Methods This study was approved by the Institutional Review Board of the University of Pittsburgh Medical Center.

Patients During the 5 year period in which the study cohort, detailed below, was accumulated, 567 patients were referred to our center for consultation regarding candidacy for catheter ablation of AF. Of these, 181 patients were considered suitable. We did not offer the procedure to 386 patients for reasons which we have detailed previously, primarily age and known comorbidity.5 From among the 181 patients who were considered suitable, 163 agreed to the procedure. From among these patients, we culled the 46 patients with LAF, who comprise the study cohort. We defined LAF using the current American College of Cardiology/American Heart Association criteria, which include: 1. age 130 mmHg systolic or 85 mmHg at the initial consultation; and 3. no echocardiographic evidence of significant ventricular or valvular disease; 4. no infection, endocrinopathy, or recent surgery3,4 The remaining 117 patients who underwent the ablation procedure were excluded from this study because they did not meet these criteria, due (nonexclusively) to: 1. age >60 (n=107); 2. hypertension (n=93); and/or 3. echocardiographic abnormalities (n=41).



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tients, we defined arterial stiffness to be elevated when the baPWV value (average of right and left side values) was >2 standard deviations above community-derived values similar age and gender.13,14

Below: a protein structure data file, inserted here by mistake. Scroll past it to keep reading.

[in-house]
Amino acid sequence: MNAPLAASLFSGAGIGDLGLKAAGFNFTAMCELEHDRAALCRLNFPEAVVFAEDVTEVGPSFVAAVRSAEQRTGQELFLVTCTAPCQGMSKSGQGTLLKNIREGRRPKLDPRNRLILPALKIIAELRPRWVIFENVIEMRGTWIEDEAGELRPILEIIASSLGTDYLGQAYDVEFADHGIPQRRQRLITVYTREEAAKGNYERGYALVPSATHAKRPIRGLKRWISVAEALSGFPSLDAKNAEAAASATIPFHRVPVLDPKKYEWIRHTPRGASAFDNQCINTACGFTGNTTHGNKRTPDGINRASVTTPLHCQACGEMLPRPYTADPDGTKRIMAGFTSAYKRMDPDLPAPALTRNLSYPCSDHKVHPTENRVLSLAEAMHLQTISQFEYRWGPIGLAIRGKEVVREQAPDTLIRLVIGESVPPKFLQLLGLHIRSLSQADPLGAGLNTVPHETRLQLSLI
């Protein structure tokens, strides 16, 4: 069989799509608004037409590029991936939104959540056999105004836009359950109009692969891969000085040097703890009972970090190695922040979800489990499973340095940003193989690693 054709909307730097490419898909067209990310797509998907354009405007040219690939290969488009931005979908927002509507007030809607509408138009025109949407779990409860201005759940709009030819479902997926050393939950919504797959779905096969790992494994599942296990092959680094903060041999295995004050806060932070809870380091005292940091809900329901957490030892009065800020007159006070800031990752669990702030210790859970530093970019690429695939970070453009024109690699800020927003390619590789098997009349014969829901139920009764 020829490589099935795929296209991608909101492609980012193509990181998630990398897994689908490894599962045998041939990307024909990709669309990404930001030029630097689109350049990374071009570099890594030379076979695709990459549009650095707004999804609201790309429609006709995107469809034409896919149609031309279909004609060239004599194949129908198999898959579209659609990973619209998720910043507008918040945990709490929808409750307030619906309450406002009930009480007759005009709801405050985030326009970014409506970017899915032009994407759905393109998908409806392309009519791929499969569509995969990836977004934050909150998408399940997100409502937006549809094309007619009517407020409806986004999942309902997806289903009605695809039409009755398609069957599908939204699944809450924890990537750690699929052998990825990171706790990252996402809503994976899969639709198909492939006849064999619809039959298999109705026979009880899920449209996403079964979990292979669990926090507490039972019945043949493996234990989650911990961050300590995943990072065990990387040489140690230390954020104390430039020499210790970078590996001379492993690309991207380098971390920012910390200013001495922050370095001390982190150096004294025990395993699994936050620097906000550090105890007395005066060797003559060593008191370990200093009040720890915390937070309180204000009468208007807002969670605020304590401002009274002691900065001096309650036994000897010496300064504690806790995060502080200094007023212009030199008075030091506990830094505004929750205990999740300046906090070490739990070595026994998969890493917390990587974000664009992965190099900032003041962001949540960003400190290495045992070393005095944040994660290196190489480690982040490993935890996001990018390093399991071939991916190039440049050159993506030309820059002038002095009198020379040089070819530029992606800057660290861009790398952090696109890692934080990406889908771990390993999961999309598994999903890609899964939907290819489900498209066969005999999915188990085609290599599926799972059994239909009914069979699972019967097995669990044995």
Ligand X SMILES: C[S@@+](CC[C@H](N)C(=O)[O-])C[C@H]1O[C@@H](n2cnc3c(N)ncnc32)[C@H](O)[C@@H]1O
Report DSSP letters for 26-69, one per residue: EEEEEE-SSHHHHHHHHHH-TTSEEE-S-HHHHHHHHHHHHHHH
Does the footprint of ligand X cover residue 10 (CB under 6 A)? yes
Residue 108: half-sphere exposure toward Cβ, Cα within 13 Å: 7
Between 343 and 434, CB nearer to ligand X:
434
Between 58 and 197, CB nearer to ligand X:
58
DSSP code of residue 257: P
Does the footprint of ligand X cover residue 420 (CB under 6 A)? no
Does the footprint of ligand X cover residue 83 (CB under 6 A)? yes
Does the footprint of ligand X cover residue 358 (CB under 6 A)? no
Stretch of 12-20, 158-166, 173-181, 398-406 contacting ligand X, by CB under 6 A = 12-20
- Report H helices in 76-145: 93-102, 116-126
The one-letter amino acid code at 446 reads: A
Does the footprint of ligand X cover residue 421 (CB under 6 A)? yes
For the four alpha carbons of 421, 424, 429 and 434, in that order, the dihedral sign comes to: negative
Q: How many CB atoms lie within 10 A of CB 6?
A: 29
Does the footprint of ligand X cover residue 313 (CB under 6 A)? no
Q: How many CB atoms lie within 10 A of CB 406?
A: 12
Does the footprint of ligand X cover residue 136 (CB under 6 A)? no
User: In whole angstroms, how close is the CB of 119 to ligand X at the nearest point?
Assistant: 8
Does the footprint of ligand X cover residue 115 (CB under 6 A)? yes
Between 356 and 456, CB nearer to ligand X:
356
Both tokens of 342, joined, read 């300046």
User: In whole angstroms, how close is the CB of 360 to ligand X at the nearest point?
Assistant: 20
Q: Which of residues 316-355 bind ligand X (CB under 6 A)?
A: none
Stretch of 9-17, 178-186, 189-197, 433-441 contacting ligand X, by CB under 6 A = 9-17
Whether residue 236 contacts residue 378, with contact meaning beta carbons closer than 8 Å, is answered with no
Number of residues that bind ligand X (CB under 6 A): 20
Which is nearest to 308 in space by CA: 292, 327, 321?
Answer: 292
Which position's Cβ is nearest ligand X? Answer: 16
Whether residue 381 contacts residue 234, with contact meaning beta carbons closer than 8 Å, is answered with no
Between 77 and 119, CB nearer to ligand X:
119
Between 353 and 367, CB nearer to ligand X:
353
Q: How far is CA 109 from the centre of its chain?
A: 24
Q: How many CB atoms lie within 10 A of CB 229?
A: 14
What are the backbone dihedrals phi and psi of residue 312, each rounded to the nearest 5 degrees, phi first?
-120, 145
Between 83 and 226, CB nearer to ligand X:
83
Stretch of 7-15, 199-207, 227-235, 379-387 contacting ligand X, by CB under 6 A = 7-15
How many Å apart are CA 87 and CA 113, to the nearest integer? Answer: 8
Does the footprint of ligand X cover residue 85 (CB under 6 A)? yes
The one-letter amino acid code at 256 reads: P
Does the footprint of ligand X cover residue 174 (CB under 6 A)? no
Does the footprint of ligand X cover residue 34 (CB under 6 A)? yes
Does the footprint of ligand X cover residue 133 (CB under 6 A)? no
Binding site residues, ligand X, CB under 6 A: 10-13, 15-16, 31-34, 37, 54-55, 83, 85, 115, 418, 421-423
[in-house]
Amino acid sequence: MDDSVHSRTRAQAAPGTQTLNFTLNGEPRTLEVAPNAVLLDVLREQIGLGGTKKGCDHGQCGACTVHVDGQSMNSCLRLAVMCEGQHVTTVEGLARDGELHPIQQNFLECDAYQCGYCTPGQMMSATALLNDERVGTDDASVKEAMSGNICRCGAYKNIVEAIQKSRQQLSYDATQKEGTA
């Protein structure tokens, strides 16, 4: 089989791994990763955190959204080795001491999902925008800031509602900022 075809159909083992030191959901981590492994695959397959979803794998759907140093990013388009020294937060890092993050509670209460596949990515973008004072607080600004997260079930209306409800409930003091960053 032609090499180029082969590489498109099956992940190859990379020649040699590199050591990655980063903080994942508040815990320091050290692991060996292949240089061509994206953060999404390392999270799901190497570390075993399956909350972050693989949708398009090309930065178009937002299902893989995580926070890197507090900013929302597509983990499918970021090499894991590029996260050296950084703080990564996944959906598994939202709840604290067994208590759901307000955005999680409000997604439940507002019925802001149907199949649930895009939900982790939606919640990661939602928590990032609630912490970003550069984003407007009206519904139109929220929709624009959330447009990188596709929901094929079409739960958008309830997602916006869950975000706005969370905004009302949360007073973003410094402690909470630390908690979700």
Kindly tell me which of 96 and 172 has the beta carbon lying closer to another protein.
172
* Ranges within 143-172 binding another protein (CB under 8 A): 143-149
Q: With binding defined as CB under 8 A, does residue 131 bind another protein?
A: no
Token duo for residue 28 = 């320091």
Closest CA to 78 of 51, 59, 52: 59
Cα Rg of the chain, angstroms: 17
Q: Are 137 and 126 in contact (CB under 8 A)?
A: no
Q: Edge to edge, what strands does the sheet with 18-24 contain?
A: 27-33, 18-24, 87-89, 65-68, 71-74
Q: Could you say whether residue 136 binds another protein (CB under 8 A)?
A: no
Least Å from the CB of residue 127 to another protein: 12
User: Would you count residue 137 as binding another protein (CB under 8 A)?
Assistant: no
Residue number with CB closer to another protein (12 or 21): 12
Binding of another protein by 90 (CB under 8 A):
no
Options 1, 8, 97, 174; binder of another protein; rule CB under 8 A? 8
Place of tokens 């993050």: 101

Table 1

Catheter Ablation Each patient underwent this procedure, which has been characterized in detail previously.5 In the present study, a “successful” outcome was defined at 1 year after a single ablation procedure by the

Comparison of Patients with BB Prophylaxis Versus without Prophylaxis



Male gender (% of pts)


Age (years)

51±6 (36-60)

Presenting with paroxysmal AF (% of pts)


Left atrial volume/m2 of body surface area


BMI (kg/m2)

29.7±6.2 (20.6-44.6)

Obesity (% of pts)


Fasting glucose (mg/dL)

99±11 (86-143)

Stimulated (2 hour) glucose (mg/dL)

126±41 (58-226)

Insulin resistance (% of pts)


Total cholesterol (mg/dL)

193±38 (121-303)

LDL cholesterol (mg/dL)

118±33 (71-219)

HDL cholesterol(mg/dL)

47±14 (25-81)

Triglycerides (mg/dL)

172±179 (38-1129)

Dyslipidemia (% of pts)


Presence of metabolopathy (% of pts)


Metabolic Syndrome (% of pts)


Coronary calcium score (Agatston units)

61±152 (0-694)

Coronary calcification present (% of pts)


Aortic calcification present (% of pts)


Coronary or aortic calcification present (% of pts)